Non-humans: Khinasi get along exceptionally well with dwarves. Both races strongly prize craftsmanship and discipline. Both races place value on preserving and protecting the family. And to outsiders, both races can seem grim, dour, and generally un-fun. Dwarves see Khinasi metalwork and architecture as nearly their equal, and actually rate Khinasi leatherwork as superior to their own. The goblinoids are disliked by the Khinasi. They are seen as raiders and livestock rustlers. In a few remote areas, some trade might occur between the Khinasi and the more ?civilized? tribes. But they are without Sayim, and the normal rules of decorum do not apply. Gnolls are considered little different than a marauding band of wolves or jackals. They are hunted down whenever they venture into Khinasi lands. The Khinasi have little experience with Orogs. The Lands of the Sun are seldom visited by those creatures who cannot stand sunlight for extended periods of time.

Tags for this Page

Similar Pages

  1. Khinasi Culture:Eloquence
    By BRadmin in forum Main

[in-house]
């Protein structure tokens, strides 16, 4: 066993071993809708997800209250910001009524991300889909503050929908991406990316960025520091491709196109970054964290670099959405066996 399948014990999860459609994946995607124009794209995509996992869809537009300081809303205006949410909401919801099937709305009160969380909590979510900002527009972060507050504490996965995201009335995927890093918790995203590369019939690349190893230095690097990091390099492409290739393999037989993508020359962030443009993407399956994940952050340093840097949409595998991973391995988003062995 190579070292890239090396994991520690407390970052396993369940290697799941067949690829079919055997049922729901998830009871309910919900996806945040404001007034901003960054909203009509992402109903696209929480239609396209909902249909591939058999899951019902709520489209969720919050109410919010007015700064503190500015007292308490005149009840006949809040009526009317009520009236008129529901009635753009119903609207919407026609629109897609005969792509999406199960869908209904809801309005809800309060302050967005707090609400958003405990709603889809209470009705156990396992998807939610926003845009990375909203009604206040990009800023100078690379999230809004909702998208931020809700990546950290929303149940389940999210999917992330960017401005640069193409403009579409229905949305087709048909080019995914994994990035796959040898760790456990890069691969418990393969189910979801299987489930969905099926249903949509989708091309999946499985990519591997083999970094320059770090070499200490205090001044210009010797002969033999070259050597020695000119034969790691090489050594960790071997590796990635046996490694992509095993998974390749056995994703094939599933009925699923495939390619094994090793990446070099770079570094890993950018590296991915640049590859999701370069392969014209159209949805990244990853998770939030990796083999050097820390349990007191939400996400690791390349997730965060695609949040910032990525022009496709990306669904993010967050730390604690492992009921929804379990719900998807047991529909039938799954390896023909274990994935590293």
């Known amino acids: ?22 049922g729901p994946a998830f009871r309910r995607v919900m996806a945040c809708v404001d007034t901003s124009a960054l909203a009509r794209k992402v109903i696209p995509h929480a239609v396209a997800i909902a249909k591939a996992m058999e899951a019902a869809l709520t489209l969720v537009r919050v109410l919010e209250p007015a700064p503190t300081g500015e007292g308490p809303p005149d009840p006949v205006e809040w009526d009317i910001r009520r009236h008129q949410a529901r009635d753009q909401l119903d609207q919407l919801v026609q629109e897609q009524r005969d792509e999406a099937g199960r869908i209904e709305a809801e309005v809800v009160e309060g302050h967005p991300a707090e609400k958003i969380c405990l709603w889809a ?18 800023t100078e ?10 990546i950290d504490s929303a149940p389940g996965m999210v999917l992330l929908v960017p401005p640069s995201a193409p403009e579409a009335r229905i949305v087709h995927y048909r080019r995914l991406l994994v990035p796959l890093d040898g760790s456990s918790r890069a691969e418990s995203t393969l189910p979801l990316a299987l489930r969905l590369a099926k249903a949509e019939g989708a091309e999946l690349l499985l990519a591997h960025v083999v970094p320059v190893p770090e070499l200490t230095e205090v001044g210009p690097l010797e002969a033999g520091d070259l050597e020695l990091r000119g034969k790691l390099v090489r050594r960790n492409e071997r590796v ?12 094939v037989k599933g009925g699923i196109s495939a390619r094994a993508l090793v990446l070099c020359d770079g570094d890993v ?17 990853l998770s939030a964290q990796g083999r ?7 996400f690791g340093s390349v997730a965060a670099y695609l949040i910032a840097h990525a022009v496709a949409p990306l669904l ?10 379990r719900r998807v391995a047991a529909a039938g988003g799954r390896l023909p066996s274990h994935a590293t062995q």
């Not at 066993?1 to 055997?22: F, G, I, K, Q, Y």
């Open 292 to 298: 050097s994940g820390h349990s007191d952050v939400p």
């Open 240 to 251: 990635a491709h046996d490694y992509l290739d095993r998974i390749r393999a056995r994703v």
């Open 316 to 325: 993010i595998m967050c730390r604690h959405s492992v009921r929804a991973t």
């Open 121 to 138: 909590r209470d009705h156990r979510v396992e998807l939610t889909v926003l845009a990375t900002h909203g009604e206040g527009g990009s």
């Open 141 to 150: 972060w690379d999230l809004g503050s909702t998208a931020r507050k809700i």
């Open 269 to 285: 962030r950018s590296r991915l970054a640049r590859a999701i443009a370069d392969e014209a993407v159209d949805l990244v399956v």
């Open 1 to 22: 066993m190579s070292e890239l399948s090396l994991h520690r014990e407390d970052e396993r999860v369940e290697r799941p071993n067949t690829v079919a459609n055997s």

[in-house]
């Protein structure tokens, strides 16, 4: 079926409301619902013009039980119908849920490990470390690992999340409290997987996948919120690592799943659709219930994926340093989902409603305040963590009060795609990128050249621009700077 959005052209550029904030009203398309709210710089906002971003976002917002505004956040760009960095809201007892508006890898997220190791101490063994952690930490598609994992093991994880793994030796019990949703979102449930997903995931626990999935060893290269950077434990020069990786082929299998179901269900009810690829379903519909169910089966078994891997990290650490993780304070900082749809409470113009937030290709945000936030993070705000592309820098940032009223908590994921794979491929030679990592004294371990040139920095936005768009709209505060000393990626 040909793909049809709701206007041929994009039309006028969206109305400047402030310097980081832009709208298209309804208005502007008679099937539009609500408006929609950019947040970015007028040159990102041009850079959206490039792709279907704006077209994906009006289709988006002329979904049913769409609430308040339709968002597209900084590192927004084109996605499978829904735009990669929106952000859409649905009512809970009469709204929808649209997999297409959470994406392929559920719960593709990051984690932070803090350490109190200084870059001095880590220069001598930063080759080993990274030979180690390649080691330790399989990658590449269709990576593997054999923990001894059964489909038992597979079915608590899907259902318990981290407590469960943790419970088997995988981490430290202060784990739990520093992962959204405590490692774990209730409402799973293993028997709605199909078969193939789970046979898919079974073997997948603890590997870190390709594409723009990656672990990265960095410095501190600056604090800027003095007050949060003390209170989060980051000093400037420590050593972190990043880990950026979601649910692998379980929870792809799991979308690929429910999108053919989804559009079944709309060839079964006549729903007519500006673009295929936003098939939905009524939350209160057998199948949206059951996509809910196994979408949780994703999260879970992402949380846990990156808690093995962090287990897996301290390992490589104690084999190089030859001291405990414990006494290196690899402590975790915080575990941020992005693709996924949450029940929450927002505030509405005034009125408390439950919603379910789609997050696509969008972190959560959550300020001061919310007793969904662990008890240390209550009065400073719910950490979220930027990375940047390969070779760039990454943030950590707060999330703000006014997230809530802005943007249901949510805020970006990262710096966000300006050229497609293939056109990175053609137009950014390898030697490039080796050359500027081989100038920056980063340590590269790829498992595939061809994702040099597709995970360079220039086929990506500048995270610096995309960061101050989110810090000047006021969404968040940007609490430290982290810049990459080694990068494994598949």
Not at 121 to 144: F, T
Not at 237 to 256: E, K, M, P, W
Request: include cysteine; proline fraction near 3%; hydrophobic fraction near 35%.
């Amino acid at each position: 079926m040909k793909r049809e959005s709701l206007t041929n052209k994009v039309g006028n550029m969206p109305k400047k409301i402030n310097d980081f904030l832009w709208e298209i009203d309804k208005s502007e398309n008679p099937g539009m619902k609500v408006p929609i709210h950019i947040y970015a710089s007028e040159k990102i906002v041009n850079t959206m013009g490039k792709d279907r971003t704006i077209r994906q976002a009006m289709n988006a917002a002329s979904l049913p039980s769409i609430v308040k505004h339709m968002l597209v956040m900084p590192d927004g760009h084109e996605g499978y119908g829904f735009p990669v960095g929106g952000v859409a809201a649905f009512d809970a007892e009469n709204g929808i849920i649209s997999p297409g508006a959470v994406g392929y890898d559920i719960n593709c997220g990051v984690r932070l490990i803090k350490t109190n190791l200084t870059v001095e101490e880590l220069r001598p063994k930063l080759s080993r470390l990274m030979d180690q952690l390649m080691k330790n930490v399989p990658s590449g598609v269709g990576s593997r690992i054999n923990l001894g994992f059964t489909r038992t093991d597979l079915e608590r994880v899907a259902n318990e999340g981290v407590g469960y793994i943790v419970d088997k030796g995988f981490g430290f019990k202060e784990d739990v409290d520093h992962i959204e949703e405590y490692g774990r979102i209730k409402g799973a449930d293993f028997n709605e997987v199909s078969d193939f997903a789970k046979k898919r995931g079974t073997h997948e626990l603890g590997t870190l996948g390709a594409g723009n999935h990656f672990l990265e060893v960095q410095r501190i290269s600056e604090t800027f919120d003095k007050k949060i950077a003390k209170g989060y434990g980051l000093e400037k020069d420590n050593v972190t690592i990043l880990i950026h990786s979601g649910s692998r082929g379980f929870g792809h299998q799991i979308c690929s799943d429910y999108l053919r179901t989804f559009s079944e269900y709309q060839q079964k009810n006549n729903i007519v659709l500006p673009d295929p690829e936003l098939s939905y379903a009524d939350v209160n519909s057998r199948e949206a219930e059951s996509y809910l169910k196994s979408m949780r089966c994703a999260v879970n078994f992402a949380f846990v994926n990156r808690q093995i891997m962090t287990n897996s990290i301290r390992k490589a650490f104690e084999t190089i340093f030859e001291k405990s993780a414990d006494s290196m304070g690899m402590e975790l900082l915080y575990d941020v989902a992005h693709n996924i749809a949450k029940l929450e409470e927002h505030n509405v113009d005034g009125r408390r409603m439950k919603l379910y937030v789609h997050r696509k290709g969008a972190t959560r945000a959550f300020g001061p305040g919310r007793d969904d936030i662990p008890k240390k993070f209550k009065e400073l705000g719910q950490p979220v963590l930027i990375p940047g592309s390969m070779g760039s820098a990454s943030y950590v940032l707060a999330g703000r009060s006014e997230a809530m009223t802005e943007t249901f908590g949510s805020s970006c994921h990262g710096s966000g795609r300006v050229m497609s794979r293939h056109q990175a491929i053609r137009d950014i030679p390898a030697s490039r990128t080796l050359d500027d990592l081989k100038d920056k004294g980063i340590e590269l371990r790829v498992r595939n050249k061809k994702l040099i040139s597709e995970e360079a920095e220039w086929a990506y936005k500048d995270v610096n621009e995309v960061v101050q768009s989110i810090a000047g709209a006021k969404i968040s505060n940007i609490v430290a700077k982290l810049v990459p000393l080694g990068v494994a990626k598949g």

Comments: 0
    Last Post: 02-05-2009, 02:33 AM
  2. Khinasi culture
    By BRadmin in forum Main
    Comments: 0
    Last Post: 02-05-2009, 02:14 AM
  3. Khinasi Culture:Honor
    By AndrewTall in forum Main
    Comments: 0
    Last Post: 02-02-2009, 04:32 PM
  4. Khinasi Culture:Grace
    By AndrewTall in forum Main
    Comments: 0
    Last Post: 02-02-2009, 04:32 PM


Posting Permissions

Posting Permissions
  • You may not create new articles
  • You may not edit articles
  • You may not protect articles
  • You may not post comments
  • You may not post attachments
  • You may not edit your comments
BIRTHRIGHT, DUNGEONS & DRAGONS, D&D, the BIRTHRIGHT logo, and the D&D logo are trademarks owned by Wizards of the Coast, Inc., a subsidiary of Hasbro, Inc., and are used by permission. ©2002-2010 Wizards of the Coast, Inc.